Tagged: ASUS

I’m starting to become a seasoned pro when it comes to reviewing laptops – and I’m starting to notice the things I really like and dislike about the humble gaming laptop, as I’ve used more and more of them. Since I’ve only ever actually owned two laptops in my life (and one was a gaming laptop), getting my hands on other kinds of tech is fun.

ASUS were kind enough to send me a ROG GL502 laptop to play around with and I’m pretty sure this is my favourite one out of the bunch – with one caveat.

To really give the GL502 a run for its money, I essentially replaced my gaming rig/work PC with it since I had a bunch of work to do while reviewing. Two birds, one stone.

The GL502 laptop is a lightweight, compact laptop, designed for the more mobile gamer. It weighs in at just 2.2kgs (4.8lbs) which means that being able pack it up and take it with you won’t break your back. It’s also incredibly slim for what you’re getting. It packs a 15” screen that can display games in either Full HD or UHD, meaning that 4K gaming isn’t out of your reach. Although, my opinion on 4K gaming is similar to 4K TVs – just because it’s there doesn’t mean it’s necessary. I don’t really have any wish to play games in 4K because I don’t think it’s really worth it. However, if you’re one of those people who likes to crank everything to 60+ FPS and see every miniscule details, the option is there.

ASUS continue their red and black colour scheme across the GL502 laptop, but it’s far less overbearing than in their other laptops, and that’s something that makes me endlessly happy. The GL502 detailing is scaled back and more subtle, which makes it more pleasing to look at in my mind. It’s not as “Cockpit of a fighter jet” as the other laptops I’ve reviewed, it’s far more sleek and refined which makes me think I’d be happier to show it off on a desk. The red has changed slightly to a more orange undertone which is a little off-putting on the black background, but the accent colour doesn’t dominate the entire laptop, making it easier on the eyes.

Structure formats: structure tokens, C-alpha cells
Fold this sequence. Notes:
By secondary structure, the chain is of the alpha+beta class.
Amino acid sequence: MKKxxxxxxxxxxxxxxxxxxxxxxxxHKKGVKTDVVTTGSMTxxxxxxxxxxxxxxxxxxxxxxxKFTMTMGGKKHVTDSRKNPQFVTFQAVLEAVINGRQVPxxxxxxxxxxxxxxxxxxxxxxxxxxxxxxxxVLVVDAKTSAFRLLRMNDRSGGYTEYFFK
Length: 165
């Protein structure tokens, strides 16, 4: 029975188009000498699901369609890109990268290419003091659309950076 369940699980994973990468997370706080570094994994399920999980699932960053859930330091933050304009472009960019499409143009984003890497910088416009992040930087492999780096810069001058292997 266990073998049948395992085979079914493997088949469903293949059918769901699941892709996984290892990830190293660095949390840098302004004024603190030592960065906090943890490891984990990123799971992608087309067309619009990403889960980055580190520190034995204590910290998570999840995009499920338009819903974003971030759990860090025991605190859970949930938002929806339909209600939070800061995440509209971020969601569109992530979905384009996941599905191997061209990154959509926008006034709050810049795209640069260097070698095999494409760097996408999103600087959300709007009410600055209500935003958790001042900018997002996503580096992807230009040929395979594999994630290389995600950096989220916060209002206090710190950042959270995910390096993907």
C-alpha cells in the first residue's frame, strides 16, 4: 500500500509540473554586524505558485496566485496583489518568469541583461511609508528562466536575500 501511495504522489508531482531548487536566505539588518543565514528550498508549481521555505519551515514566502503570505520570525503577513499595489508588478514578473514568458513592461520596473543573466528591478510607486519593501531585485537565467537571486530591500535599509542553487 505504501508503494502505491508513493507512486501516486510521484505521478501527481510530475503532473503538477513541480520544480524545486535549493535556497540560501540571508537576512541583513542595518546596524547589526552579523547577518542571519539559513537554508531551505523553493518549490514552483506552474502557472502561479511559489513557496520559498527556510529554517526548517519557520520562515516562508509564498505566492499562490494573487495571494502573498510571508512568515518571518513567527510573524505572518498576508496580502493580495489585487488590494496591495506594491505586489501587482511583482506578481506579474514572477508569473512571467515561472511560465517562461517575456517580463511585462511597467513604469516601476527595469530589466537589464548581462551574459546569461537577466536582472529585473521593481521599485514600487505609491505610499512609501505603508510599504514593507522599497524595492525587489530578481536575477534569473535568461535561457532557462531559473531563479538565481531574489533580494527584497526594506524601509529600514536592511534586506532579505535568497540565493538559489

Let’s talk about my favourite and least part of this laptop – the keyboard. The keyboard is amazing to type on. I wrote several articles for my freelance gig, plus a few for myself and a bunch of other work stuff I’ve had going on in the background and it handled like a dream. The laptop keys only travel 1.6mm each keystroke so you can be quicker in-game and in real life. The WASD keys are highlighted in the orangey-red tone to give you the impression that this is a gaming laptop and your hands sit nicely atop them.

The thing I hated, and this is no-fault with the series – but the review laptop I got, was that my keyboard was French. If you’ve never used a French keyboard before, it’s in AZERTY format and not QWERTY – however, the GL502 was in English mode so everything was where it should be. This made writing on the laptop a nightmare. While it felt amazing to type on, if I concentrated too hard on what I was doing and didn’t let the muscle memory of touch-typing take over, my brain would confuse my hands and everything was a mess. But that’s a problem for the editors – it doesn’t take away how the GL502 laptop feels in a general sense.

Gaming on this laptop was really nice. Everything I threw at this game from Prison Architect, to Borderlands 2 and everything in between was handled without a fault. The Full HD screen displayed games without missing a beat and it was easy enough to adjust in low light and sunlight without struggling to see what I was doing.

The downside to hardcore gaming sessions on this laptop is the battery life leaves a little to be desired. While the GL502 worked well as an everyday laptop for my freelancing work, any long gaming sessions I wanted to do required a closeby powerpoint so that the battery wouldn’t drain after a few hours. However, if you’re planning on taking it to a LAN, you’re not going to be up and wandering around with it, are you?

The ASUS ROG Strix GL502 is definitely an investment with the RRP sitting above the $2000AUD mark, but you’re paying for portability and style which isn’t something you can get with a standard PC rig or some other gaming laptops on the market. The particular review model I was sent had 32GB DDR4 RAM installed, along with a NVIDIA GeForce 1070 and a 1TB hard drive. And as I mentioned before, it’s incredibly light for a gaming laptop.

The ASUS ROG Strix GL502 is probably my favourite ASUS laptop that I’ve been able to review (minus the French keyboard). It’s compact and light, which is perfect for taking it on the go, but it packs enough power and hardware to be able to stand up to anything you can throw at it. It’ll age well, which is something a lot of computers don’t do in the current era of gaming, it’s great for your everyday projects, and it’s not exactly bad to look at. This is the laptop you want to consider if you’re looking to upgrade.

Laptop provided by ASUS for consideration.

Pre-built computers for gaming weren’t always a viable option for your hardcore gamer – they just didn’t have the power to run your favourite games. And if you weren’t confident enough to build your own PC, you probably didn’t want to sink some of your hard-earned cash into a puzzle that can go wrong.